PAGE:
The Literary Arts Series is a project designed to encourage intercultural understanding and literacy in the classroom and broader community. The series is coordinated by Dr. Jessica Datema, and Professor Brian Cordell of the Department of Composition and Literature is an associated member.

Each year, we select an individual author for study on the campus by students and colleagues, as well as friends from the larger community. We then invite an author to discuss their work with the audience at an annual speaking event. Pedagogical materials, including biographical information, reviews, excerpts, discussion questions, and other curriculum items are prepared and put up on our site. These materials are made available to support individual readers and teachers who use the author’s work in their classes as a part of varying curricula. We mentor many students who read and study the novels so that they will have the opportunity to speak about and to the author’s work. Our community of readers includes alumni, faculty, BCC students, the school of continuing education, library reading groups, high school students, and the public. We have never charged for the annual event and entry is free.

The original mission of the project was to establish a broad-based community of readers. This ambition was first conceived by a group of ambitious librarians in Seattle—which the English department here at BCC has been able to continue and extend. Since its inception, the series has welcomed famous authors including Joyce Carol Oates, James McBride, Salman Rushdie, Jennifer Egan, Mary Gaitskill, Joseph O’Neill, Junot Diaz, Martin Espada, and Jhumpa Lahiri. We have been very fortunate to include such an esteemed group of authors in our series.

It is our intention—via both emerging and established writers—to heal the growing alienation of society that comes from technology, illiteracy and capitalist compartmentalization with the human stories that connect us to this world.

The program has elevated the reputation of the college as well as levels of literacy at BCC. The Literary Arts Series aims to continue making the community and college a place where people become better “readers” as has been our tradition over the last several years. Raising the level of literacy may seem like a humble accomplishment, but we consider it invaluable and believe it will help shape the next generation of readers.

2024 Speaker: Walter Mosley

Walter Mosley is our 2024 Literary Arts Series speaker. The event will be held on campus Tuesday, March 26, 2024, 1:30-3:00 p.m. All are welcome.
Walter Mosley profile pic

Mosley has written more than 60 books categorized as mystery, crime, science fiction, literary fiction, political, young adult, nonfiction, instructional, graphic novels, and erotica. He also won a 2001 Grammy for his contributions to Richard Pryor’s And It’s Deep Too. Mosley has also been an executive producer and writer for the TV series Snowfall. His screenplay was the basis for Devil in a Blue Dress with Denzel Washington playing Easy Rawlins, adapted from his original best-selling mystery.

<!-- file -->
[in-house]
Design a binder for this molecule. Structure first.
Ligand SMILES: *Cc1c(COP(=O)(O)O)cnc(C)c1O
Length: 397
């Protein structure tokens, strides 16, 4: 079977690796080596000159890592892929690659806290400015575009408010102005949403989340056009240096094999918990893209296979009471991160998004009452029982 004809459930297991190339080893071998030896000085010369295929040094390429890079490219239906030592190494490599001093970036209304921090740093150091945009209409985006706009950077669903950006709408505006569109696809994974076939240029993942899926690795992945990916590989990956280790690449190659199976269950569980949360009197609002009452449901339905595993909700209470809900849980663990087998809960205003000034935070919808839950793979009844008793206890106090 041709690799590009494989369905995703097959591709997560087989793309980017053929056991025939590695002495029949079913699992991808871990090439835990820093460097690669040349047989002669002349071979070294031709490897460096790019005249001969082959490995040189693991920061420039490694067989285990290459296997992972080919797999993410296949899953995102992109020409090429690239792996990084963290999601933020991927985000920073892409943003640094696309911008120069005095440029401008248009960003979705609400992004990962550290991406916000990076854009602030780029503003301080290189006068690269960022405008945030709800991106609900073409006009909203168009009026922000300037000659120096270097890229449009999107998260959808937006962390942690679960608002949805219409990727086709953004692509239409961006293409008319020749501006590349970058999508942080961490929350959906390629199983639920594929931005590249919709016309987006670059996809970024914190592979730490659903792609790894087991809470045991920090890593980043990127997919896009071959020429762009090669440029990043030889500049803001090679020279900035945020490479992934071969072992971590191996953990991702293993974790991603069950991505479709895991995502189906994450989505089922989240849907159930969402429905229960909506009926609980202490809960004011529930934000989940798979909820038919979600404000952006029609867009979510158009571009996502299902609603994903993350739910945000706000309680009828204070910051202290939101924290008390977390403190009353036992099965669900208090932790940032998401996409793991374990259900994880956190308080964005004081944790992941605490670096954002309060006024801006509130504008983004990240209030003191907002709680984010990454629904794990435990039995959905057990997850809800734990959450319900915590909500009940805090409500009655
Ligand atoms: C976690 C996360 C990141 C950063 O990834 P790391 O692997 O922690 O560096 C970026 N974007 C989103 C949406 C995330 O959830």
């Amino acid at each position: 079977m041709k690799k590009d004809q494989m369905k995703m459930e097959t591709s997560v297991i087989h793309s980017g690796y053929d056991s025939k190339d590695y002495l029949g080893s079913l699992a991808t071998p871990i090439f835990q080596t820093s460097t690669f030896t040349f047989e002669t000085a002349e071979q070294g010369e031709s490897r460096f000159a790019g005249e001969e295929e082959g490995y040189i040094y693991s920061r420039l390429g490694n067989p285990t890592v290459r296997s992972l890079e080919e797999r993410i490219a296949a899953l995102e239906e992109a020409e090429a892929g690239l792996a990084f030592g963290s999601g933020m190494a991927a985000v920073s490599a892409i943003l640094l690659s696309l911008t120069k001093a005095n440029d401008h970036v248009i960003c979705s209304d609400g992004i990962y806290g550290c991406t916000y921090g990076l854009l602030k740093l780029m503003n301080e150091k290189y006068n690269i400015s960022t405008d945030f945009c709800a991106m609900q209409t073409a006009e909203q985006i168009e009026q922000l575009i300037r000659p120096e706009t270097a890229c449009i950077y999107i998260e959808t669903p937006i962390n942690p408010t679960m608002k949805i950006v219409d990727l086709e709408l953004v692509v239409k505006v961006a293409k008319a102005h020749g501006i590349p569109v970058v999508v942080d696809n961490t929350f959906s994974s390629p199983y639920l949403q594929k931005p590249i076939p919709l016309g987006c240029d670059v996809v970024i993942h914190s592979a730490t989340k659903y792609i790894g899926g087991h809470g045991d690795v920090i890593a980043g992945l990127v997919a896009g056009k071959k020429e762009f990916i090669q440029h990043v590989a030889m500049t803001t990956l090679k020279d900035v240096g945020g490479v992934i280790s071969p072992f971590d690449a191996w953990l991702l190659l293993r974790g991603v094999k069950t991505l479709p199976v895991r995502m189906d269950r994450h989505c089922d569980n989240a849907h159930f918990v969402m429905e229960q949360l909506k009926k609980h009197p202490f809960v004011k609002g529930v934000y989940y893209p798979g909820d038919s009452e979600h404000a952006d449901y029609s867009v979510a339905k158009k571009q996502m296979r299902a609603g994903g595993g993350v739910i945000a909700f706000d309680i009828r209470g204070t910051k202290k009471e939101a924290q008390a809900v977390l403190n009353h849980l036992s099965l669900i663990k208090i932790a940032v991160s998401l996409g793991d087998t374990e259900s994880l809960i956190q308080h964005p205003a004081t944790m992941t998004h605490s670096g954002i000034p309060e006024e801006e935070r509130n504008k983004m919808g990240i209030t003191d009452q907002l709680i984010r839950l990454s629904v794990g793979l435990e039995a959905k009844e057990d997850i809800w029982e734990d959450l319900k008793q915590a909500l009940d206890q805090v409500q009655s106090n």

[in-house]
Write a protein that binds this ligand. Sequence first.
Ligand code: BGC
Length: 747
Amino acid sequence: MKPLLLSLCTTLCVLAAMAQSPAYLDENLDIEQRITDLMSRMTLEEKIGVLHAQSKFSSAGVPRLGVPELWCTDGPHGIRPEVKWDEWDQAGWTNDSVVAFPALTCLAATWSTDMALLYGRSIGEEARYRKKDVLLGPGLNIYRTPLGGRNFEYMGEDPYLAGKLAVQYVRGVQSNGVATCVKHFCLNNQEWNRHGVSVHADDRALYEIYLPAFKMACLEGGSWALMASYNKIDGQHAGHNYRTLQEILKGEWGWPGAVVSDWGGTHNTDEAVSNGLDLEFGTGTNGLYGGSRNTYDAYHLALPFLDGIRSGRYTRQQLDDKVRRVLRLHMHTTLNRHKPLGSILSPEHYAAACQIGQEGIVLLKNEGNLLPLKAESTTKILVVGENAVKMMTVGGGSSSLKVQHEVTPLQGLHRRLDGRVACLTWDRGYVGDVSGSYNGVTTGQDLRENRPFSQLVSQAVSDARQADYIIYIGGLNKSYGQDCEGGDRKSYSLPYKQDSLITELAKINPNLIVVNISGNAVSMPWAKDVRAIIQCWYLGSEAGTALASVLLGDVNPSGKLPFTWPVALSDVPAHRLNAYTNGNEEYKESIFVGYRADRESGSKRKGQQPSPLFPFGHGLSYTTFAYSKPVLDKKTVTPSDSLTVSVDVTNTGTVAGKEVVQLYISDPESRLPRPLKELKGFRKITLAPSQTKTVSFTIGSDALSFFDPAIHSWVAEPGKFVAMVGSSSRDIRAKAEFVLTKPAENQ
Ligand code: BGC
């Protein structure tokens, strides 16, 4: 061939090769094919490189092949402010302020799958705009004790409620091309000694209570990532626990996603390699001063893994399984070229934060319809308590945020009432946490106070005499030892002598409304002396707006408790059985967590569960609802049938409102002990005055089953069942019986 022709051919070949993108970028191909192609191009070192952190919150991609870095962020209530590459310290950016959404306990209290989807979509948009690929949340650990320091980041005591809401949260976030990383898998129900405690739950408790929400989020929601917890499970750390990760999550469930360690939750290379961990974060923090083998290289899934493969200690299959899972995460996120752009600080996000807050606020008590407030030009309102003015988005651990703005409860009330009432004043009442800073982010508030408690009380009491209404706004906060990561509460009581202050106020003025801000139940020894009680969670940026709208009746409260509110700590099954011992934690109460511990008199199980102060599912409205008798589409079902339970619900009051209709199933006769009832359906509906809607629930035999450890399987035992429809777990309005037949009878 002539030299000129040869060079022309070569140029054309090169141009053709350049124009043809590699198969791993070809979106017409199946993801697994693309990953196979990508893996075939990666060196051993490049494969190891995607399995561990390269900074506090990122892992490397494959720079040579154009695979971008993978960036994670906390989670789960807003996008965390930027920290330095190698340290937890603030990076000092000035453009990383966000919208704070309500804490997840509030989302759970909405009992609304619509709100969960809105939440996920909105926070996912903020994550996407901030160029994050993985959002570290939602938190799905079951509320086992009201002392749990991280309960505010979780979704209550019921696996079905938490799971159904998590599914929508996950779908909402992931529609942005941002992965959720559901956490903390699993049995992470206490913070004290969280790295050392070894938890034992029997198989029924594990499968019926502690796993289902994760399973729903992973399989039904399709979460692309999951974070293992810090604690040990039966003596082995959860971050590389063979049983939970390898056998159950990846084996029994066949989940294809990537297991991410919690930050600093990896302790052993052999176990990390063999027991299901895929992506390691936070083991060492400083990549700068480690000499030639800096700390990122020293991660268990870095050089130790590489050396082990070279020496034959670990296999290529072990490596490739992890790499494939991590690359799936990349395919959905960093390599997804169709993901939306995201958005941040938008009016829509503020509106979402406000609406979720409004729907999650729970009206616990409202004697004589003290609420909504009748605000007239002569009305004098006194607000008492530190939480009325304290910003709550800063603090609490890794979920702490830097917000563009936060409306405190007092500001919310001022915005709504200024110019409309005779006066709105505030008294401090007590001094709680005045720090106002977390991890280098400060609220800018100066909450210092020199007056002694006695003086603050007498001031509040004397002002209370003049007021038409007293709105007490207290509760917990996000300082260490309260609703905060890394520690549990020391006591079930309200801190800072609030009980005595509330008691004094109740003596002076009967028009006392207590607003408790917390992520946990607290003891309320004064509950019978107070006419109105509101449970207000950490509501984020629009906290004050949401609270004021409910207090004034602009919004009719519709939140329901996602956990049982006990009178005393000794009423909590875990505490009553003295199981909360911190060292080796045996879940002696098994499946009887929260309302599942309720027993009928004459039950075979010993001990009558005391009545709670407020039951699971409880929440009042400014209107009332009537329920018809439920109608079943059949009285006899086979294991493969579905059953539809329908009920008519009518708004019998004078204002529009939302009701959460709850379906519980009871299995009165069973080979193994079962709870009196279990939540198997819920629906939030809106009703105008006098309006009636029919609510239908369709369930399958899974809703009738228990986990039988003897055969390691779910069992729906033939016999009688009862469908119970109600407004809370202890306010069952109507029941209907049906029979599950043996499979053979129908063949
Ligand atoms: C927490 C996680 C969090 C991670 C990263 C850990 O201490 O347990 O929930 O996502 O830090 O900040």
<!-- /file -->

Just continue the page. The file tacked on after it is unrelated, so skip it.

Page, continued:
His honors include the 2020 National Book Foundation Medal for Distinguished Contribution to American Letters, the Mystery Writers of America’s Grand Master Award, the New York State Writers Hall of Fame, and lifetime achievement awards from both PEN America and the Los Angeles Times Festival of Books. His short stories and op-ed essays have appeared in the New York Times, the Los Angeles TimesThe New YorkerGQEsquirePlayboy, and The Nation.


Why I Quit the Writers’ Room: The worst thing you can do to citizens of a democracy is silence them.
“The worst thing you can do to citizens of a democratic nation is to silence them. And the easiest way to silence a woman or a man is to threaten his or her livelihood. Let’s not accept the McCarthyism of secret condemnation. Instead let’s delve a little deeper, limiting the power that can be exerted over our citizens, their attempts to express their hearts and horrors, and their desire to speak their truths. Only this can open the dialogue of change.”

Walter Mosley on America’s Obsession with Crime
“Fiction, better than reality, gives us heroes who can’t let us down, who cannot be arrested, convicted, or vilified. Maybe these stories won’t be able to resolve our dilemmas in the real world, but they can offer escape through a fantasy where even a common everyday Joe (or Jane) can be saved. This salvation has always been our goal. Forgiveness for our sinful desires and secret trysts, for our failures and broken commandments, for our weakness beside the machine that covers the world with its cold, gray shadow.”

Book Excerpts

Fearless Jones
The Awkward Black Man
“People are so afraid of dying that they don’t even live the little bit of life they have.”
Farewell, Amethystine

Discussion Questions and Vocabulary

True Crime Discussion Questions
True Crime Vocabulary

Previous Speakers

Min Jin Lee

Helene Cooper

Brian Turner

Phil Klay

Claudia Rankine

John Findura

Michael Thomas

Ocean Vuong

Amitav Ghosh

Jamaal May

Terry Tempest Williams

Mary Ruefle

Colum McCann

Tracy K Smith

Mary Karr

Jennifer Egan

Wojahn and Vega

Mary Gaitskill

Joseph O’Neill

Junot Diaz

Salman Rushdie

Jhumpa Lahiri